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$250b cost of Kevin Rudd

You don’t have to pay newspapers to have the views of your political opponents demolished.  You do however need the support of the newspaper proprietor. Paul Sheenan provides some specific motivations for Rupert Murdoch’s recent stance.

Kevin Rudd has cost Australia $250b according to Henry Ergas and Judith Sloan.

An amazing rant that takes the form “Any fool can see….”.    Pure politics – a series of unsubstantiated claims.

I wonder how this improves the standard of political discussion in Australia.

Update: Today’s Daily Telegraph takes the propagandist mission of the Murdoch media to extremes.  The front page of the current issue shows the blatant partisanship that has replaced serious journalism in the Murdoch empire.  In that sense it is a positive.  I think too the open partisanship of certain Australian economists leaves them revealing too much.  In that sense too their writings too are a positive.   The game is up.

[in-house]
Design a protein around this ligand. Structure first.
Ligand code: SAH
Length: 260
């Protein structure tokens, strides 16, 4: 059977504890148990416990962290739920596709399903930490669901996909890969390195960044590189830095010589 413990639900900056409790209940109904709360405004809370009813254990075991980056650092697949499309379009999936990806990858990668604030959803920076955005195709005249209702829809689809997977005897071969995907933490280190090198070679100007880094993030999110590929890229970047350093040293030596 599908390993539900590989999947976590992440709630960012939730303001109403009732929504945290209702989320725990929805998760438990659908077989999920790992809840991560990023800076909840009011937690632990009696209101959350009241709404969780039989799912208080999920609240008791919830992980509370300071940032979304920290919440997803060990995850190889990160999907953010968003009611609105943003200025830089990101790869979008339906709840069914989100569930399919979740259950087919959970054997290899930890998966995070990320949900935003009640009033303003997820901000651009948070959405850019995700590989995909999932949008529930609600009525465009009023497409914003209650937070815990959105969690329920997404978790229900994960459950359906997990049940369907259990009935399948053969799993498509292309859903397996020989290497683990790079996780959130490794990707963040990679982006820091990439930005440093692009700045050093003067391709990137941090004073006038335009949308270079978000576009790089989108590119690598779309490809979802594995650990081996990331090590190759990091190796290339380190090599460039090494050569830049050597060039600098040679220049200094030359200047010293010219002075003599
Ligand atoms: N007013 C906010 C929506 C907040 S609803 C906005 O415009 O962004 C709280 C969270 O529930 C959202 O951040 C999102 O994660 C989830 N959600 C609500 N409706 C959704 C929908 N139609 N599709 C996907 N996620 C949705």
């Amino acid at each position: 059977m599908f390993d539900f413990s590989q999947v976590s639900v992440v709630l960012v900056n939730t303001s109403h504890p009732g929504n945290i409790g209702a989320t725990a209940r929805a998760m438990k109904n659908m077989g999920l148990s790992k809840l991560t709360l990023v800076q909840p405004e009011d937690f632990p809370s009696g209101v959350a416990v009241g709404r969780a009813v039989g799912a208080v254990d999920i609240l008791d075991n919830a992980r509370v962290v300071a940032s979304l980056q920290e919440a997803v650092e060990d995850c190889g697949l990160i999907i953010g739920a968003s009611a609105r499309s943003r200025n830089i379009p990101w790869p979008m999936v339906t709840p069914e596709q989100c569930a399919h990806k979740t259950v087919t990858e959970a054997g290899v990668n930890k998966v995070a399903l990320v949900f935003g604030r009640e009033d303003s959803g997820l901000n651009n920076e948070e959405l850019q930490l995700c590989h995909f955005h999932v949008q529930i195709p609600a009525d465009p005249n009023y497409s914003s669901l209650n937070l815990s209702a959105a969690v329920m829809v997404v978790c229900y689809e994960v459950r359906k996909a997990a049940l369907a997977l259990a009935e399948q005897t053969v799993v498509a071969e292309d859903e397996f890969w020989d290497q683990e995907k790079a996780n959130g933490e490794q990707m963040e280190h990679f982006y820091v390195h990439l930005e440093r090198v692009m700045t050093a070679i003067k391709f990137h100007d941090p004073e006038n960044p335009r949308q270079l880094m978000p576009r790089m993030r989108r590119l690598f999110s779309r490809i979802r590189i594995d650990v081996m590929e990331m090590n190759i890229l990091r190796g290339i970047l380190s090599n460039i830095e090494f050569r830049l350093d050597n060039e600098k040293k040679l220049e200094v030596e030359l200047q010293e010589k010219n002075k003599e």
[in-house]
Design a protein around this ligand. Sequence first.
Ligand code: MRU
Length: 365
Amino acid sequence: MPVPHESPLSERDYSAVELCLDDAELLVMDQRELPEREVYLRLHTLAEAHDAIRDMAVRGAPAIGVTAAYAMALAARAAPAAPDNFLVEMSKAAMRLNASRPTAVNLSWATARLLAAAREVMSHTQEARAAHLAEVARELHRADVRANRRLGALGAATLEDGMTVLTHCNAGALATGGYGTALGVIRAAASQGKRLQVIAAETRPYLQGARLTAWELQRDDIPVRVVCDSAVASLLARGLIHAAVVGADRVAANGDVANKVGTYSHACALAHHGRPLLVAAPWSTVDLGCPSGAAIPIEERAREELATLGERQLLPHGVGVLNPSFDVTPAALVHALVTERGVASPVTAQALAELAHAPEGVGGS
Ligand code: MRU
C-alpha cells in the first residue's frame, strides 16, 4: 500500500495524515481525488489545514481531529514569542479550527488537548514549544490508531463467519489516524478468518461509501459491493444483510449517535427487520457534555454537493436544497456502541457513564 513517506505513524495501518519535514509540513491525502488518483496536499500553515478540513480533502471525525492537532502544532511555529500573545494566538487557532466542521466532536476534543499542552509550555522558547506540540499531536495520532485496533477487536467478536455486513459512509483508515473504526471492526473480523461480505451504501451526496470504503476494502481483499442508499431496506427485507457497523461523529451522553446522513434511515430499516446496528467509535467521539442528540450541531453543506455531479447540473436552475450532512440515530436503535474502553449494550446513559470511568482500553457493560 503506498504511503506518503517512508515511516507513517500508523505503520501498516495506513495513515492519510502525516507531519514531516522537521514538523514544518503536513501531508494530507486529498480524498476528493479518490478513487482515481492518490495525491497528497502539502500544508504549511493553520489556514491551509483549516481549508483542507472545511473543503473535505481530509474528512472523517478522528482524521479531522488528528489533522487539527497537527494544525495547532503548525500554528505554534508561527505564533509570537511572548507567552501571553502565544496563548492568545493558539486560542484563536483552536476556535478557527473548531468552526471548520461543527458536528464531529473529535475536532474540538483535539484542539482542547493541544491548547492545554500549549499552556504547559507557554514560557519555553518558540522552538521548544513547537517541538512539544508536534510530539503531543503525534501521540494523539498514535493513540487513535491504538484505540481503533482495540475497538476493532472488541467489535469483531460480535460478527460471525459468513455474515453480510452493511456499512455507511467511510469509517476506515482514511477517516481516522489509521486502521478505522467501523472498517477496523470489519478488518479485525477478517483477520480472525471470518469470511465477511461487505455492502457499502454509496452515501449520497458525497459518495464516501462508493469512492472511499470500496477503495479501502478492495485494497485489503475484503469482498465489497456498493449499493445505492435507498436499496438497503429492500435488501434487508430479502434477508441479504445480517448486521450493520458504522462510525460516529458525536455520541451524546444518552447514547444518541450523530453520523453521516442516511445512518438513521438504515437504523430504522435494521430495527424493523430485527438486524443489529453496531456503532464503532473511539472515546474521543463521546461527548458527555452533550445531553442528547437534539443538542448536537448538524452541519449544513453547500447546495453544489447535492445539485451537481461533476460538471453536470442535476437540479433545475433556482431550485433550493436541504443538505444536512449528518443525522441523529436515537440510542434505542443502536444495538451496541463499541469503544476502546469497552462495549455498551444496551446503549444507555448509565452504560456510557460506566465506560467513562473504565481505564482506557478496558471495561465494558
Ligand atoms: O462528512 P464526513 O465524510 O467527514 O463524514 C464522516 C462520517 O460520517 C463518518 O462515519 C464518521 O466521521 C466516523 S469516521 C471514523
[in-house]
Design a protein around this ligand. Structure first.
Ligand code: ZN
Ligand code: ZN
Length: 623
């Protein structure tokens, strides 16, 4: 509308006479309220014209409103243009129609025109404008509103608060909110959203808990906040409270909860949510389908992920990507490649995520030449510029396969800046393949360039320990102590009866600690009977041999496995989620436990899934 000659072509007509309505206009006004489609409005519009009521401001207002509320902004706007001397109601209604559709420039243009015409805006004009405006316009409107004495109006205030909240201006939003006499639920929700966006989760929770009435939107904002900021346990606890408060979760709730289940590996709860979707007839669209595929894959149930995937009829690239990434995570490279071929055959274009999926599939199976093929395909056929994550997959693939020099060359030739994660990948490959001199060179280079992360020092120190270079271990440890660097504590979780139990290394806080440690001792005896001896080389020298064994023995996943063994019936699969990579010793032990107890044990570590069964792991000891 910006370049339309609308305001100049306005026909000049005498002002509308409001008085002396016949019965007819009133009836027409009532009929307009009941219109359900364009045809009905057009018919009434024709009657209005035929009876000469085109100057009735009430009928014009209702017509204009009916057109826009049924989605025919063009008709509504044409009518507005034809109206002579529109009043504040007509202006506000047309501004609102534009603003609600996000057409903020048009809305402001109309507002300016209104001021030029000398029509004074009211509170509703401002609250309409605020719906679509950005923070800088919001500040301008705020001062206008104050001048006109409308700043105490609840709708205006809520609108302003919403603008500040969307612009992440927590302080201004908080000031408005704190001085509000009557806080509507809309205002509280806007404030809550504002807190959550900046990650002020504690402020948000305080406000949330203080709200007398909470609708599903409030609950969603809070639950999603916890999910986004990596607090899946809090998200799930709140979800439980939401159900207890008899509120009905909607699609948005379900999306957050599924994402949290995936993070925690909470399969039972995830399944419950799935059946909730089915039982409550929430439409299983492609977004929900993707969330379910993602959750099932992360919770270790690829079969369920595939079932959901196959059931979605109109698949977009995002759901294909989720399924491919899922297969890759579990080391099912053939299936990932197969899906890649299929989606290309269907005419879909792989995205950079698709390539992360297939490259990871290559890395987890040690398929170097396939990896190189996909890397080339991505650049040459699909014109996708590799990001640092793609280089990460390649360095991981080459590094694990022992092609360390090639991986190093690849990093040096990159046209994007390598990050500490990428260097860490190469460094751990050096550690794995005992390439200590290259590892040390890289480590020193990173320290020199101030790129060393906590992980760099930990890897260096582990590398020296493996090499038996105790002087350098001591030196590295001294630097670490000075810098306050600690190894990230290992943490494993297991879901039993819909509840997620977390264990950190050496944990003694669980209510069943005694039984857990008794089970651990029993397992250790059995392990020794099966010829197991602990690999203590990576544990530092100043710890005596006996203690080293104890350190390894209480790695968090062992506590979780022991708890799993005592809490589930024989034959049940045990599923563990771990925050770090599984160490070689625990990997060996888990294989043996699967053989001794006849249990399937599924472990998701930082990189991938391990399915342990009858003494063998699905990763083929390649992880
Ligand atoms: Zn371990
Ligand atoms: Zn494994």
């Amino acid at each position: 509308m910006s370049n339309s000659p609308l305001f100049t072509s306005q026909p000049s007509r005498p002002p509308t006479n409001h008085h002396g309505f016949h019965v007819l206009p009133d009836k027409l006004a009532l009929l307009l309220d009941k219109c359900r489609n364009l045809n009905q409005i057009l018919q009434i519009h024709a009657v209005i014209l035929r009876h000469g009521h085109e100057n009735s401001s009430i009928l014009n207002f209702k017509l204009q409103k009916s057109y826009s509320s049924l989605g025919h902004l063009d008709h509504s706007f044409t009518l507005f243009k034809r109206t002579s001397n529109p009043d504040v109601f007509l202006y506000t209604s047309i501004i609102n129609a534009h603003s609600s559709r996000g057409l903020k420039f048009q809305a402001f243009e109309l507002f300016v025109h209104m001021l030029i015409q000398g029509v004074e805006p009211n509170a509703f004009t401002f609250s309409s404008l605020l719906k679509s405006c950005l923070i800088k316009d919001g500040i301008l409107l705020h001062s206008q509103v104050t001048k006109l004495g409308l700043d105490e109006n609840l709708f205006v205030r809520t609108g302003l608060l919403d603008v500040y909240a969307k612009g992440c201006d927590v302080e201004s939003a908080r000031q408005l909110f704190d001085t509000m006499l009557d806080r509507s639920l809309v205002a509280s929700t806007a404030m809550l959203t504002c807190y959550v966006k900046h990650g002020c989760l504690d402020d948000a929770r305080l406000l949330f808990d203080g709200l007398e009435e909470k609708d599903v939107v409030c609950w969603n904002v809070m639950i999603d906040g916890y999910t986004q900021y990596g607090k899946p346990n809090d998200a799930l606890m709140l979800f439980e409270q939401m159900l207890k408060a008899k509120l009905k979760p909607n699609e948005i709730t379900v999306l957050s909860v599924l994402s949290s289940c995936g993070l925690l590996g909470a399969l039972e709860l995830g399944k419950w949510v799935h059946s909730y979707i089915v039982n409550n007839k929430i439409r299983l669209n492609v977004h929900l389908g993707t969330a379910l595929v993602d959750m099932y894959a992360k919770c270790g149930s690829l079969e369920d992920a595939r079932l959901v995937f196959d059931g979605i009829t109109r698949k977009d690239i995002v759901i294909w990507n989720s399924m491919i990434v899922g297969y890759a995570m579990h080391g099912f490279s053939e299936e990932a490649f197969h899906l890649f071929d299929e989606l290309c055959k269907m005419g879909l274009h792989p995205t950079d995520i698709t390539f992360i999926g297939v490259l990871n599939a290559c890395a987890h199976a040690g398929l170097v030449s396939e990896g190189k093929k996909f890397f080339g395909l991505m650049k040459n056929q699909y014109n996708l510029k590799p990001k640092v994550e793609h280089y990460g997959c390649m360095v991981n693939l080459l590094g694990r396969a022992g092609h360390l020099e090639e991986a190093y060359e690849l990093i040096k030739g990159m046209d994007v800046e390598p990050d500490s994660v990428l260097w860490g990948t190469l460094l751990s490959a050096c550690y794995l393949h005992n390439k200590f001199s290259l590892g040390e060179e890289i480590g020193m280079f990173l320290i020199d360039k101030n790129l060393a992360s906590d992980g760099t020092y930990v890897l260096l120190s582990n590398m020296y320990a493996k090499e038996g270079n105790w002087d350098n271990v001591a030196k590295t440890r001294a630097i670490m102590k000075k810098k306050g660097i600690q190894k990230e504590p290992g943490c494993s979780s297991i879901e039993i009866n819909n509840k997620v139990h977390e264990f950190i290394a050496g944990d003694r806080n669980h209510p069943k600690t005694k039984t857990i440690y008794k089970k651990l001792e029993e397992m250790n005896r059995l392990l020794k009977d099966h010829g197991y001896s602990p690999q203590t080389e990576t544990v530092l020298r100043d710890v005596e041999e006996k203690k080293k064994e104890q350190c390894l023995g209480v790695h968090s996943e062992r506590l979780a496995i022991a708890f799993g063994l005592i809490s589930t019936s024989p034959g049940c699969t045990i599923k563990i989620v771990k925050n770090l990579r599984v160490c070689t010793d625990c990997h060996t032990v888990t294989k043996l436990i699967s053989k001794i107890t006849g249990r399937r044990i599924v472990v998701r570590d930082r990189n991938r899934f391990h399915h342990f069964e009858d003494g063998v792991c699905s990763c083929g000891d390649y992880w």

1 comment to $250b cost of Kevin Rudd

  • Jim Rose

    HC, Leigh and Gans in How Partisan is the Press? Multiple Measures of Media Slant, ECONOMIC RECORD, MARCH, 2012, 127–147 employed several different approaches to find that the Australian media are quite centrist.

    Very few outlets being statistically distinguishable from the middle of Australian politics. The minor exceptions were the ABC channel 2 and perhaps the Melbourne Age in its news slant in the 2004 election.

    Australian newspapers tended to endorse the coalition in the federal elections from 1996 to 2007 although The Australian, right-wing rag that it is backed the ALP in 2007! I agree that this was a serious lapse of judgement.

    Murdoch has unashamedly backed political winners, only to dump them when he was convinced that they were washed up or that his newspapers might be left stranded on the losing side of politics.

    In Britain in 1994 there was a tired, ailing administration and a revamped Labor opposition with a personable, intelligent leader offering new ideas.

    the media barons Murdoch (and Kerry Packer) were embraced as business ‘mates’ of the Labor government in the 1980s.

    Murdoch’s political stances are entirely pragmatic. He has always been prepared to back winners just before they win, and shift allegiances on non-ideological grounds.


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